#LaLeg: How Coastal Issues Fared During This Year’s Session

07.10.2020 | In Coastal Restoration
By Emily Vuxton and Cynthia Duet, State Policy

Get Involved!

The scoping meetings for the Mid-Breton Sediment Diversion are next week and the Army Corps is looking for your feedback. Be a part of the process, and learn more about how you can get involved!

No legislative session is the same, but this session took it a step further.

The session also began right as coronavirus cases were on the rise in the U.S. The day the session opened, Louisiana recorded its first COVID-19 case. By week’s end, there were more than 1,000 cases. As the situation continued to worsen, the regular session was suspended on March 16. The session resumed on May 4, with less than a month before the law required it to adjourn. With a shorter session, many bills were either not considered or didn’t advance as expected. When the 2020 regular session convened on March 9, the chambers held the largest number of first-term legislators in more than 30 years. Close to half of the Legislature were new to their seats this year.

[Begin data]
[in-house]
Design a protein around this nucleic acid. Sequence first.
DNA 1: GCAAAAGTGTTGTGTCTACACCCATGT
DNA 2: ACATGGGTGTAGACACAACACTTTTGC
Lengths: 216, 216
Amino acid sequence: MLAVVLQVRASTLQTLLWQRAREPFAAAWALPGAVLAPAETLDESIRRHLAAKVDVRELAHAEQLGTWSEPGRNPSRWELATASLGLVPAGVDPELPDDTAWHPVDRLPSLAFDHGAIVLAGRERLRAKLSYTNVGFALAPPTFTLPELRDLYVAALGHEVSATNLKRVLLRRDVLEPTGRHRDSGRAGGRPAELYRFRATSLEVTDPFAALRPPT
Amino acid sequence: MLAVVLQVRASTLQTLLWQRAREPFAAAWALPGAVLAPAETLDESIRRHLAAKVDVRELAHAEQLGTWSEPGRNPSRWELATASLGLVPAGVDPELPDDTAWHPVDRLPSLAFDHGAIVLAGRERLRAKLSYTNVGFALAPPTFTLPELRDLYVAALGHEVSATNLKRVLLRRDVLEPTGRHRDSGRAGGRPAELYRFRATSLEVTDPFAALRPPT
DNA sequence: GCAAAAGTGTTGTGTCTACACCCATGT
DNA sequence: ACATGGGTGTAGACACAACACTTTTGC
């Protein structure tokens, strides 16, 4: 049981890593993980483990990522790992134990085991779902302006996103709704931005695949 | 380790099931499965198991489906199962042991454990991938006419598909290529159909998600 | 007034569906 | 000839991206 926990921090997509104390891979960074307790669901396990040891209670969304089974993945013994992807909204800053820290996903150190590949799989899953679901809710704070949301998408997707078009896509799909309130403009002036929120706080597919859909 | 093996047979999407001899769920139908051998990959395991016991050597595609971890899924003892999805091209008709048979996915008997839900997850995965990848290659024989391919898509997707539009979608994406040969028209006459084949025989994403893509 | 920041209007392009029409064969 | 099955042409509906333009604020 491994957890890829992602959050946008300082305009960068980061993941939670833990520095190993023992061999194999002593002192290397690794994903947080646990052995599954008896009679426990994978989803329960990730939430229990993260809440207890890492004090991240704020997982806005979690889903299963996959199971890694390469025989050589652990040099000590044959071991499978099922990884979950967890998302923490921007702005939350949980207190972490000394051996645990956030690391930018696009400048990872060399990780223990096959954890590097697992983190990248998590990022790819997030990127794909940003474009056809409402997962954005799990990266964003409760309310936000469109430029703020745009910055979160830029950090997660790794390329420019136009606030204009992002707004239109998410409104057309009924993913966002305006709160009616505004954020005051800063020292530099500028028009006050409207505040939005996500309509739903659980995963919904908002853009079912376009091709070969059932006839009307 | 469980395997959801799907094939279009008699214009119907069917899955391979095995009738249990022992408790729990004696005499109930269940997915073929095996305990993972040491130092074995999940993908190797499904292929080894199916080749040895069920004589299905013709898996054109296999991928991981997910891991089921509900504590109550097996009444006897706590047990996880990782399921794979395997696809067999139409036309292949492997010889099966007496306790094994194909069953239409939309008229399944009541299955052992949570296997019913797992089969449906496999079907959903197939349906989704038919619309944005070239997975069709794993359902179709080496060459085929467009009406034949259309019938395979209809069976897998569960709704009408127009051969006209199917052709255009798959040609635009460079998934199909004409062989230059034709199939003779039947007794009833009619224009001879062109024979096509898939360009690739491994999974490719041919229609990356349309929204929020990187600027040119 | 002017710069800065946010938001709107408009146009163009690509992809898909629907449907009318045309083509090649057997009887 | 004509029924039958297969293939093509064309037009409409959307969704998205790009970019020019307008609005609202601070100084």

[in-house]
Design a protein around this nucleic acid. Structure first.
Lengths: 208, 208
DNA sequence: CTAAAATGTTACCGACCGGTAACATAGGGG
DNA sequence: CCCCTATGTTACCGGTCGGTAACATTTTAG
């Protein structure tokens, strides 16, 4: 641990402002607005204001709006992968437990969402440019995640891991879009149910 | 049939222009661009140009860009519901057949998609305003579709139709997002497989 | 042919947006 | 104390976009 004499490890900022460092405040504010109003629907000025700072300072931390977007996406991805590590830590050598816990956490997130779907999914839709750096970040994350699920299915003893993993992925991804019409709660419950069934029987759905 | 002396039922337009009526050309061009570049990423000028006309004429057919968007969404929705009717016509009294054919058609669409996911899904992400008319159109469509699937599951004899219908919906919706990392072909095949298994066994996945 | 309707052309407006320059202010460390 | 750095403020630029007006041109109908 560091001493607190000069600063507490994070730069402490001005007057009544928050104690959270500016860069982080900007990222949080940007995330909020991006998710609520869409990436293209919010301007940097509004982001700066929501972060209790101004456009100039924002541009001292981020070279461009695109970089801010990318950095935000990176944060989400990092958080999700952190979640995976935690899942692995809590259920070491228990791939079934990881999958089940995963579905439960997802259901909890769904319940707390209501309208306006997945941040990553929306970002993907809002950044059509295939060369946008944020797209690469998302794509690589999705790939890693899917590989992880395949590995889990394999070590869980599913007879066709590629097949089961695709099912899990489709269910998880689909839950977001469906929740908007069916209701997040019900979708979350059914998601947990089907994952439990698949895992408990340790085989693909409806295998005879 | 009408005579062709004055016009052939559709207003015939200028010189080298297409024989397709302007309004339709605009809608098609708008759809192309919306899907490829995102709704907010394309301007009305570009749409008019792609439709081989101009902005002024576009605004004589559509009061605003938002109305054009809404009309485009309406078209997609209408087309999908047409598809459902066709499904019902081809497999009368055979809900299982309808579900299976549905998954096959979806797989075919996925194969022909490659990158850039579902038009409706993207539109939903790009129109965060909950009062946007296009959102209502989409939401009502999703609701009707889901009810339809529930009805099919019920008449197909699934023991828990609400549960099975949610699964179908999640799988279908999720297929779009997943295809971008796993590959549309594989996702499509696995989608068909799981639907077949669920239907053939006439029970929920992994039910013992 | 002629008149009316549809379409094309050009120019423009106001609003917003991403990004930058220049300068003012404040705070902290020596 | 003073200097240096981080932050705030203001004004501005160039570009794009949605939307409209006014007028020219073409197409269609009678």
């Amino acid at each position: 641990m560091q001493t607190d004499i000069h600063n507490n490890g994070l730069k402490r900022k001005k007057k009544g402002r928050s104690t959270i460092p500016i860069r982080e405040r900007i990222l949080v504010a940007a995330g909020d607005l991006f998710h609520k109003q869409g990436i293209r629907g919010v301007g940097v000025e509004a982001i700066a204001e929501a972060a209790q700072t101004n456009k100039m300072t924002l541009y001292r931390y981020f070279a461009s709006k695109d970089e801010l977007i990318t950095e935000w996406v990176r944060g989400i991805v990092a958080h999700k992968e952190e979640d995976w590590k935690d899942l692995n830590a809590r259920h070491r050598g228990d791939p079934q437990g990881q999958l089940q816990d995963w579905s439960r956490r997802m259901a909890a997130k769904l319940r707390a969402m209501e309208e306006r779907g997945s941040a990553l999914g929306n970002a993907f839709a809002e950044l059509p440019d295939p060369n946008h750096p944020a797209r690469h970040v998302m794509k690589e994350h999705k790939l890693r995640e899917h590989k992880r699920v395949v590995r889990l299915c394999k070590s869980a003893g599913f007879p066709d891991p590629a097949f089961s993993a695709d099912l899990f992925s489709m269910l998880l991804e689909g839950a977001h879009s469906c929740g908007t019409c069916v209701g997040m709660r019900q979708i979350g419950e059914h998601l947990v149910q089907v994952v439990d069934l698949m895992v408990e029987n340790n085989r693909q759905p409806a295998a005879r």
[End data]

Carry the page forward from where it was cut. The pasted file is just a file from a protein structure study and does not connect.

Additionally, lawmakers called themselves into a special session beginning one minute after the regular session ended on June 1 to pass a state budget that was not finalized during the regular session. In the past, special sessions have been called by the Governor, but this Legislature indicated the strength of its majority. The 2020 special session ended on June 30.  

In each session, our groups track bills that directly or indirectly affect the state’s coastal restoration and protection program. Here’s a rundown of some of the most important coastal bills during the 2020 regular and special sessions.

State Budget

HB 2 – Passed 

Introduced by Rep. Stuart Bishop early in the special session, this bill provided for the state’s capital outlay budget. We followed the bill’s capital outlay allocations and FY18-19 surplus funding that would be directed to the Coastal Protection and Restoration’s trust fund. Earlier this year, the Governor requested $117 million in surplus dollars to be spent on a variety of coastal protection and restoration projects. The requested funding was not initially included in the original House version of HB 2, but was amended in the Senate to include over $73 million for coastal projects. Of that, $62.5 million in surplus cash will go to the Coastal Trust fund.